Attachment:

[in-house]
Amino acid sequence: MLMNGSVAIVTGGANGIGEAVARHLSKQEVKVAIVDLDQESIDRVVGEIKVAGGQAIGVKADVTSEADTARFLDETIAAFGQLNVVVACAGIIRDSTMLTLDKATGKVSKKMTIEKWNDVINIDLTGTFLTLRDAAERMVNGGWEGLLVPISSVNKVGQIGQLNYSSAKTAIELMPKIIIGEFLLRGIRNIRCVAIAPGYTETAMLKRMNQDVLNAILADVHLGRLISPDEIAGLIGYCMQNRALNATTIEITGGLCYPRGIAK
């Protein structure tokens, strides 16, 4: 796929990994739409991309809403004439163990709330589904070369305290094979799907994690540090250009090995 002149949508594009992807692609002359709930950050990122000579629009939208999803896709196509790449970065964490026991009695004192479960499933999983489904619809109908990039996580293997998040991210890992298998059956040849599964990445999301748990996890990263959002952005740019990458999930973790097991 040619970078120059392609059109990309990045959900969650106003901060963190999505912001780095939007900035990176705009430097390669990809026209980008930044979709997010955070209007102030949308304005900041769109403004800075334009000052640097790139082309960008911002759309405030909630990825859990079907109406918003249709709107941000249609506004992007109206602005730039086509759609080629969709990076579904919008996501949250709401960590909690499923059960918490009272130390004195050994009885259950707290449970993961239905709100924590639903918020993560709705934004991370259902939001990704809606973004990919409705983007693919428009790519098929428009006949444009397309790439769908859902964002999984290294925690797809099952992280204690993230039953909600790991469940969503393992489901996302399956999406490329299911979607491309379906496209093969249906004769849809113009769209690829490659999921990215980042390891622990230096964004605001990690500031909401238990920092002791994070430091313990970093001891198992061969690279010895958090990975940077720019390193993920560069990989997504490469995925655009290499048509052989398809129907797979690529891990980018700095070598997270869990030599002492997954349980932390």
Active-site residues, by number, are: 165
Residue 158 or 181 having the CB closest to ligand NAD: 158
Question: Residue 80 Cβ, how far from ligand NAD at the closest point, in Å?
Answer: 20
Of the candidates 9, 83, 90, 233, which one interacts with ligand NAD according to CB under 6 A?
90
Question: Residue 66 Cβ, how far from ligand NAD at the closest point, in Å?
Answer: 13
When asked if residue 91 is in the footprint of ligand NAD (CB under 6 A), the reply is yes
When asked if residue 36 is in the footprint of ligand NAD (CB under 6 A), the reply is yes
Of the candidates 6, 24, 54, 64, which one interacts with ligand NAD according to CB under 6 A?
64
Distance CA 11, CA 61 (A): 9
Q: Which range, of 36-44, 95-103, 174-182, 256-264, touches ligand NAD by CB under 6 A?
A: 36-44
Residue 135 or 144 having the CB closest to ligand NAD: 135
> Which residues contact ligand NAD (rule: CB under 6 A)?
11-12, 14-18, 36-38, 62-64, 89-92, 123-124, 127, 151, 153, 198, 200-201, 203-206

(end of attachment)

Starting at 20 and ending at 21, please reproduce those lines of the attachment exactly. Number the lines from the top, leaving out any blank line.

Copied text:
> Which residues contact ligand NAD (rule: CB under 6 A)?
11-12, 14-18, 36-38, 62-64, 89-92, 123-124, 127, 151, 153, 198, 200-201, 203-206